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Protection of Privacy: The Other Side of the FOI Coin

The Freedom of Information and Protection of Privacy Act came into force in 1992. The purposes of the Act are expressed in section 2 as follows:

(1) The purposes of this Act are to make public bodies more accountable to the public and to protect personal privacy by

(a) giving the public a right of access to records,

(b) giving individuals a right of access to, and a right to request correction of, personal information about themselves,

(c) specifying limited exceptions to the rights of access,

(d) preventing the unauthorized collection, use or disclosure of personal information by public bodies, and

(e) providing for an independent review of decisions made under this Act.

(2) This Act does not replace other procedures for access to information or limit in any way access to information that is not personal information and is available to the public.

“Personal information” is broadly defined in Schedule 1 to the Act, and includes any recorded information about an identifiable individual other than business contact information.

The goals of the Act are clearly twofold: accountability through a public right of access to records, and protection of privacy from the unauthorized collection, use and disclosure of personal information. Since 1992, most of the focus for local governments has been on the freedom of information provisions in Part 2 of the Act, and local governments have become quite familiar with receiving and responding to access to information requests. However, less attention has been given to the other aspect of the Act – the regime of personal privacy protections contained in Part 3. While the access to information aspect of the legislation is often seen to have a greater impact on local governments, the privacy protection rules set out within the Act govern the everyday collection, use, disclosure and destruction of recorded information about individuals by local governments. Local governments should be very familiar with these privacy rules, and should review their practices to ensure they are complying with these requirements at all times.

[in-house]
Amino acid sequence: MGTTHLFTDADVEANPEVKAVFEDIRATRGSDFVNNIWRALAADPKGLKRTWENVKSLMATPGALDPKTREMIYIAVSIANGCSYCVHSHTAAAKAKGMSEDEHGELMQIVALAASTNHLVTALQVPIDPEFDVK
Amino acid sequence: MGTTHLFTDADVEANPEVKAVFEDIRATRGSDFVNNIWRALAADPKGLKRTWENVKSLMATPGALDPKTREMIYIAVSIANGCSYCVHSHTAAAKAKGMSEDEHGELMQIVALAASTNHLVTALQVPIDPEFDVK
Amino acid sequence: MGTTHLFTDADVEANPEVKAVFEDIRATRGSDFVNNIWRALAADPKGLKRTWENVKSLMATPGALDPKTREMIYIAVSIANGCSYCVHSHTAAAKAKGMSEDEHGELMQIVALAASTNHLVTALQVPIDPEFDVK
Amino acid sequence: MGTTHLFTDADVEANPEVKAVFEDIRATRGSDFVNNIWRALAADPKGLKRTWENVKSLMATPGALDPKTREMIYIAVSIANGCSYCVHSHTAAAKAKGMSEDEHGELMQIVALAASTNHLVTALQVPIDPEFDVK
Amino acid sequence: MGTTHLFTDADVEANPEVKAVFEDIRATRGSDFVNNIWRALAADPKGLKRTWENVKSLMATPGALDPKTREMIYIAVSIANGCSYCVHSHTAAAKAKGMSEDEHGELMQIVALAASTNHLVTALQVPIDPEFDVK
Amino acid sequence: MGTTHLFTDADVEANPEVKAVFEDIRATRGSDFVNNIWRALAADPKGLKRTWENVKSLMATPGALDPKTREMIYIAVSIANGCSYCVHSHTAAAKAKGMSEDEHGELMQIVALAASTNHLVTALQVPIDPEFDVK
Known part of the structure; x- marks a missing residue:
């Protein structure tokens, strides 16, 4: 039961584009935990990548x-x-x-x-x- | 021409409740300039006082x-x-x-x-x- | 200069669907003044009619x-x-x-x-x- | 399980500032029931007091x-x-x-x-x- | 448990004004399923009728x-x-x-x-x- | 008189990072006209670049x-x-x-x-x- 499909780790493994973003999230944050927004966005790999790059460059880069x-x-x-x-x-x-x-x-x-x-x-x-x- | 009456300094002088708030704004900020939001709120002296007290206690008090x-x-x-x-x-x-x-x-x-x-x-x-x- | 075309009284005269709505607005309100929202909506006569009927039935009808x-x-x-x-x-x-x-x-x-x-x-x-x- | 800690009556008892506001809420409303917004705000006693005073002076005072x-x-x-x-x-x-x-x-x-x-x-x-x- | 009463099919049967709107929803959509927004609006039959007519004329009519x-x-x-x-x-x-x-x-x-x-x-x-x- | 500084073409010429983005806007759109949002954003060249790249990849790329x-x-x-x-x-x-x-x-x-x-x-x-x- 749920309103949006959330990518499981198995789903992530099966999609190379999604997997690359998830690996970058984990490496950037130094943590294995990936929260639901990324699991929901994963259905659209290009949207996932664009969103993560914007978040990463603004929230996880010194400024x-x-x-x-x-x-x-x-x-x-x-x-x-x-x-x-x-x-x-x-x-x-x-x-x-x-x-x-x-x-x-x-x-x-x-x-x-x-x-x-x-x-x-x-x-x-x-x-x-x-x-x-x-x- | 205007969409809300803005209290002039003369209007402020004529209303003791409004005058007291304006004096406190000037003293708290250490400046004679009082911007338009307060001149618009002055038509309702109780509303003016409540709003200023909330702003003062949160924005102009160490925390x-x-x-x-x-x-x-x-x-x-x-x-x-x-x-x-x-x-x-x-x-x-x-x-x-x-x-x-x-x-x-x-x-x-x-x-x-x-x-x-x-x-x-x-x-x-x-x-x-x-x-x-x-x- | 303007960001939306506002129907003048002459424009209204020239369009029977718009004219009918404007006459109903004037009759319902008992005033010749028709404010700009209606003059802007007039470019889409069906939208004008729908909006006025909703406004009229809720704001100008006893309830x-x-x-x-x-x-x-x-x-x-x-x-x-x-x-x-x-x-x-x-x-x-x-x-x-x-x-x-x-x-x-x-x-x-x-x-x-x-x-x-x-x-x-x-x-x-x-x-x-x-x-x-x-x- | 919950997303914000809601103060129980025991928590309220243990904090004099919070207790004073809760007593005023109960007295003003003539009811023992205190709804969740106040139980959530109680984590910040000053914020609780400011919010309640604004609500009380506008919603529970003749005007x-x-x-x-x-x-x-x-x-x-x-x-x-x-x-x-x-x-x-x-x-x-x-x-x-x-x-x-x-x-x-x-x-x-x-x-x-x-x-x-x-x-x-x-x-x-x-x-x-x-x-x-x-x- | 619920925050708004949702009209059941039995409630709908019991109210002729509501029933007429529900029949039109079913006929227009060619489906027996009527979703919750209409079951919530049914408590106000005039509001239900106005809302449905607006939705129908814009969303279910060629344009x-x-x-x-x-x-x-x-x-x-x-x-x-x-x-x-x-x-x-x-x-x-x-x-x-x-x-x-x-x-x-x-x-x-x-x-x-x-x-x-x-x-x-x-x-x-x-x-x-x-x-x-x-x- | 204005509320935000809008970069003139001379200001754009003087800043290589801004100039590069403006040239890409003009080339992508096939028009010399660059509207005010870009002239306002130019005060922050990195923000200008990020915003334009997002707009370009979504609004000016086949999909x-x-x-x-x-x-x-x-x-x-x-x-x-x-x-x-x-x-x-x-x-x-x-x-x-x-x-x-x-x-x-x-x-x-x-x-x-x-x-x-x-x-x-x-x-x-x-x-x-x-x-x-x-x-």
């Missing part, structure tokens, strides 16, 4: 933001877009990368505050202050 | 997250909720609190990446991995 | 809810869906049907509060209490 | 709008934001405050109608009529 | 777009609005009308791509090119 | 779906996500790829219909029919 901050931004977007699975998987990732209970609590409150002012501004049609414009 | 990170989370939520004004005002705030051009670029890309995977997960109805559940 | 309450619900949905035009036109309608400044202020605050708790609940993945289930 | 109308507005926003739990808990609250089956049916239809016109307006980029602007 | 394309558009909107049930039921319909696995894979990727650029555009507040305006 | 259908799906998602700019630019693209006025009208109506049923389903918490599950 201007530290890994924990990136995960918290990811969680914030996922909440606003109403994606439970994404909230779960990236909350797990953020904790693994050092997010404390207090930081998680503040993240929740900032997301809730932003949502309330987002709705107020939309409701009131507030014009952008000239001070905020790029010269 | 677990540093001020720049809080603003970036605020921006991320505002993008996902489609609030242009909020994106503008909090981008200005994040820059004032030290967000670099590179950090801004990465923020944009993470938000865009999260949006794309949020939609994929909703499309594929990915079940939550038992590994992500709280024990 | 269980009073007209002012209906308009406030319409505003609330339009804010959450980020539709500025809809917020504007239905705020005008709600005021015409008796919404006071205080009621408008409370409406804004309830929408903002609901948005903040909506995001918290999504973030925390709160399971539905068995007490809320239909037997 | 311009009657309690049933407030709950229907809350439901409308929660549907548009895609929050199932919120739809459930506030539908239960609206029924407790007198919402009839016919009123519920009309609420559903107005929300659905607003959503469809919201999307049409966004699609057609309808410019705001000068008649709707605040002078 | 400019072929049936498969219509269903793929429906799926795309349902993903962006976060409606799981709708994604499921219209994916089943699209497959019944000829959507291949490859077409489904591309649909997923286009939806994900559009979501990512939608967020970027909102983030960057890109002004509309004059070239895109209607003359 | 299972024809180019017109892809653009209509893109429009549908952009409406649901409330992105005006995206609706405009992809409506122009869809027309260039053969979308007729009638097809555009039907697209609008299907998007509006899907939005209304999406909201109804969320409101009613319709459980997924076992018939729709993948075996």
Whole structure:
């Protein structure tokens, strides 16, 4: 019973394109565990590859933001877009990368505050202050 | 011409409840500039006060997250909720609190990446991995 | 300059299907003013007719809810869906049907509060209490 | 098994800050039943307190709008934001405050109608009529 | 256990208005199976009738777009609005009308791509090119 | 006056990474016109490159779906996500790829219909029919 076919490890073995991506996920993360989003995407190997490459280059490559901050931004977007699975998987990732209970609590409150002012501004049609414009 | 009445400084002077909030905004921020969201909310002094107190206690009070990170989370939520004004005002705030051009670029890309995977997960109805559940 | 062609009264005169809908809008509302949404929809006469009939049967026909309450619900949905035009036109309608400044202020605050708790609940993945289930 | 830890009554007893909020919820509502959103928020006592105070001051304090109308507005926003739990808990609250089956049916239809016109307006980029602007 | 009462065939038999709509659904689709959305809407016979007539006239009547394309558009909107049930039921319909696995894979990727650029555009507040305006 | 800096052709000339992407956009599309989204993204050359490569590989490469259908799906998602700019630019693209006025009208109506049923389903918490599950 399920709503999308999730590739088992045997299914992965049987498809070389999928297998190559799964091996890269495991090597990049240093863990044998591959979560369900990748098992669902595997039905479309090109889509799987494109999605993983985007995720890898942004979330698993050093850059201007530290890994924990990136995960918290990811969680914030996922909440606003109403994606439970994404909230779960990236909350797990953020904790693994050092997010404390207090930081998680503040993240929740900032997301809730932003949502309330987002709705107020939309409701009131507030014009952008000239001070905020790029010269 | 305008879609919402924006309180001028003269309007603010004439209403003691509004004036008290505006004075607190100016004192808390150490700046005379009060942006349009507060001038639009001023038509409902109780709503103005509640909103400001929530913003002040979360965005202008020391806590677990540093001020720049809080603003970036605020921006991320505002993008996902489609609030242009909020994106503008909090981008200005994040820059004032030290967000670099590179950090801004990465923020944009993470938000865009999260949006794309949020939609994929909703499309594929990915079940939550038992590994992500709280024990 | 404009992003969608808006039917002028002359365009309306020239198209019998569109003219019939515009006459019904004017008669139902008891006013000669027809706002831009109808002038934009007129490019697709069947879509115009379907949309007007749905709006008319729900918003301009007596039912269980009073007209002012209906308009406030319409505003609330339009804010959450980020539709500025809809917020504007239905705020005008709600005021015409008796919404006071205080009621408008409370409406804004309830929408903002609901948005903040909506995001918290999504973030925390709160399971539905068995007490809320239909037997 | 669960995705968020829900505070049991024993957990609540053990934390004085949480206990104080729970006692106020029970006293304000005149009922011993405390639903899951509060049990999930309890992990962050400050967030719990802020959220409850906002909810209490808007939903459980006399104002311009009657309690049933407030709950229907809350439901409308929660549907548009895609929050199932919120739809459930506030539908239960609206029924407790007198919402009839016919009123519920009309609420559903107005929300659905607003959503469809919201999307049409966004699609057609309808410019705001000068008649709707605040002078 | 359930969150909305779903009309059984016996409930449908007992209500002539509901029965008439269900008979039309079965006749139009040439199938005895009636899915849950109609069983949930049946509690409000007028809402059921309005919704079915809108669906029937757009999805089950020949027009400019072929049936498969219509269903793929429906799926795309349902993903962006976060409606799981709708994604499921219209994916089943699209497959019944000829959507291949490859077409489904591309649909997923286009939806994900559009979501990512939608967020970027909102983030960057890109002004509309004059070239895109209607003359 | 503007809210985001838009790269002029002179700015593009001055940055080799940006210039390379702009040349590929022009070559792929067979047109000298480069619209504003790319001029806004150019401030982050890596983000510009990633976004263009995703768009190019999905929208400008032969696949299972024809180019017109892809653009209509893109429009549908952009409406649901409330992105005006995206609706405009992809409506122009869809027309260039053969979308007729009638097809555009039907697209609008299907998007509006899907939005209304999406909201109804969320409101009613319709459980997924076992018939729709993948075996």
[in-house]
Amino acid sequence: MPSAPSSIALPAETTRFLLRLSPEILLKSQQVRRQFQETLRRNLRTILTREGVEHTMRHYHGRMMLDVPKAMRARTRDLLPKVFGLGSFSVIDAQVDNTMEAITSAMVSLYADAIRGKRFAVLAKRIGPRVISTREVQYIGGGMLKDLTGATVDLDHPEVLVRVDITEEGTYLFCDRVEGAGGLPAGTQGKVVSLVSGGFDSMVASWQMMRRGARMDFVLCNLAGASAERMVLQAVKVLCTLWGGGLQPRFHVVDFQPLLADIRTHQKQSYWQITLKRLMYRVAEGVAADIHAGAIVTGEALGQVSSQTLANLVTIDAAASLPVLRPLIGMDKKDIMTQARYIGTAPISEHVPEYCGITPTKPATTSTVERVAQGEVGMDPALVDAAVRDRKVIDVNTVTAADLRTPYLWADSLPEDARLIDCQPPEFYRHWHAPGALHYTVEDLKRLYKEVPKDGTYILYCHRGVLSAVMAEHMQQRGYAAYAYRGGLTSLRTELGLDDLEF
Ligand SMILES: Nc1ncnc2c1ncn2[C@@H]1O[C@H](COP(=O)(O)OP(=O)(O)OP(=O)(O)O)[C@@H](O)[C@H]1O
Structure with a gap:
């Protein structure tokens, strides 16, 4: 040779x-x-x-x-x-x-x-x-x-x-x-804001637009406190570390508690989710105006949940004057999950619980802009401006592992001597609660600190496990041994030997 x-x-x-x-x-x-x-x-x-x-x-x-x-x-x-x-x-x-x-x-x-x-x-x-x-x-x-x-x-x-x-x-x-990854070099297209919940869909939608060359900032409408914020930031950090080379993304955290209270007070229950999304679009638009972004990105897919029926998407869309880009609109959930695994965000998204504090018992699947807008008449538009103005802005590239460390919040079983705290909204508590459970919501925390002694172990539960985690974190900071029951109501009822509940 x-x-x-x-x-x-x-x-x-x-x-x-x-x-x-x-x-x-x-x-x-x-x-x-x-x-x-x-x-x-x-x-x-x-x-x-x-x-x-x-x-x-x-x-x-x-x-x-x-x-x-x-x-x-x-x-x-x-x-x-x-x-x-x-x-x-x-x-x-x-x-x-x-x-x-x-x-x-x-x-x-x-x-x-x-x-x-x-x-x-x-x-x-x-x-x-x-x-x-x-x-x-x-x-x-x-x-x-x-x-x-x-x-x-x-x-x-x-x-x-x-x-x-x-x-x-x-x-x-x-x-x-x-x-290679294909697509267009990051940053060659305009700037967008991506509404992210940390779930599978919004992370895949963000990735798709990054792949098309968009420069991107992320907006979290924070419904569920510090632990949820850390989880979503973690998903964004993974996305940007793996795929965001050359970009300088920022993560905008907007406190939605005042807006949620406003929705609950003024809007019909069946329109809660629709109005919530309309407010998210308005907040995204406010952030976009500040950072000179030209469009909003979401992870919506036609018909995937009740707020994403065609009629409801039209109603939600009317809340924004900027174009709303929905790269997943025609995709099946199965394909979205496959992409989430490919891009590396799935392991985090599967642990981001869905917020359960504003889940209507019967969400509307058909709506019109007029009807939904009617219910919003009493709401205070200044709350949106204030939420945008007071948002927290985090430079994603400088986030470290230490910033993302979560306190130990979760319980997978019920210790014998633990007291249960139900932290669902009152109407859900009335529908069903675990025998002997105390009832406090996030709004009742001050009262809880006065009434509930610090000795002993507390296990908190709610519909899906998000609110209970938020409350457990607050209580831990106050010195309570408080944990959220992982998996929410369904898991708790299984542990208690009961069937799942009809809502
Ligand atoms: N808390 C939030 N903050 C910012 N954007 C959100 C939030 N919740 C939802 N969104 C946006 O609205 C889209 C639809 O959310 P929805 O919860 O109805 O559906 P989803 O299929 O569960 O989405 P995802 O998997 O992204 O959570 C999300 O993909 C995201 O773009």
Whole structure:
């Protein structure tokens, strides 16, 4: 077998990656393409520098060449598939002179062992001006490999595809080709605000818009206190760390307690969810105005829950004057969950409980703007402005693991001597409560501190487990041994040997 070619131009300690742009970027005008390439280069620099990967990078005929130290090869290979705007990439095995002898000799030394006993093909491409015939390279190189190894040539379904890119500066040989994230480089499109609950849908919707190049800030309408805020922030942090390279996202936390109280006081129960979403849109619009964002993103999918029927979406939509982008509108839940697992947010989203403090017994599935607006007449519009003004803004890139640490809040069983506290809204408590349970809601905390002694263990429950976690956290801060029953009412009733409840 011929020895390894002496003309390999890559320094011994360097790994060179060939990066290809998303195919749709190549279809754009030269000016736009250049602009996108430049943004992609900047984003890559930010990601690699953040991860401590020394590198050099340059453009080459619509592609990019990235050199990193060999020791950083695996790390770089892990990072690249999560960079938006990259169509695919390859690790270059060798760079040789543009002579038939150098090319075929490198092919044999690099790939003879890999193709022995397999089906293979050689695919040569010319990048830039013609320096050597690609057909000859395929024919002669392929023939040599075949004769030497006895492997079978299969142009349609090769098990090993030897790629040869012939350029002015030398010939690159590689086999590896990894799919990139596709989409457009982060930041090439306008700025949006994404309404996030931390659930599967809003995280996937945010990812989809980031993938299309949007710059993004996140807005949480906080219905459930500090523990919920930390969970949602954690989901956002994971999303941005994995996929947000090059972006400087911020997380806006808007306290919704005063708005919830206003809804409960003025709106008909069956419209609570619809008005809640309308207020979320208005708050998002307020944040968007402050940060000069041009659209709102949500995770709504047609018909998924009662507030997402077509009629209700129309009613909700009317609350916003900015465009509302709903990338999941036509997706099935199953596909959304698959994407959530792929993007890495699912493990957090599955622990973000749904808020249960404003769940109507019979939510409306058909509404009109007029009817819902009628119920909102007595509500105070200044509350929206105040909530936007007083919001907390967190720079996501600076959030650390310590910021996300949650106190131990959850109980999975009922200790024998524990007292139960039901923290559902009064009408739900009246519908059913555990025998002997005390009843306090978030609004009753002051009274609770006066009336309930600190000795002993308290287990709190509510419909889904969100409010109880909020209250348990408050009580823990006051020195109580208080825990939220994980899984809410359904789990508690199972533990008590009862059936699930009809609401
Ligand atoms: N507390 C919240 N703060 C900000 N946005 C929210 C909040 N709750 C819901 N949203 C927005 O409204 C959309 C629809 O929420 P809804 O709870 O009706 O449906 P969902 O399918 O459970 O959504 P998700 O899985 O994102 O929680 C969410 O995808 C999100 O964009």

Part 3 of the Act sets out a comprehensive scheme for the collection, protection, retention, and use of personal information by public bodies, and the purpose of this paper is to highlight the essential elements of this scheme and how they should be applied to local government practices. This paper will also reference a number of decisions of the Office of the Information & Privacy Commissioner (OIPC) as they relate to protection of personal privacy, as well as the recent BC Provincial Court decision R. v. Skakun, [2011] B.C.J. No. 1022, in which a municipal councillor was found guilty of breaching section 30.4 of the Act by releasing personal information to the CBC.

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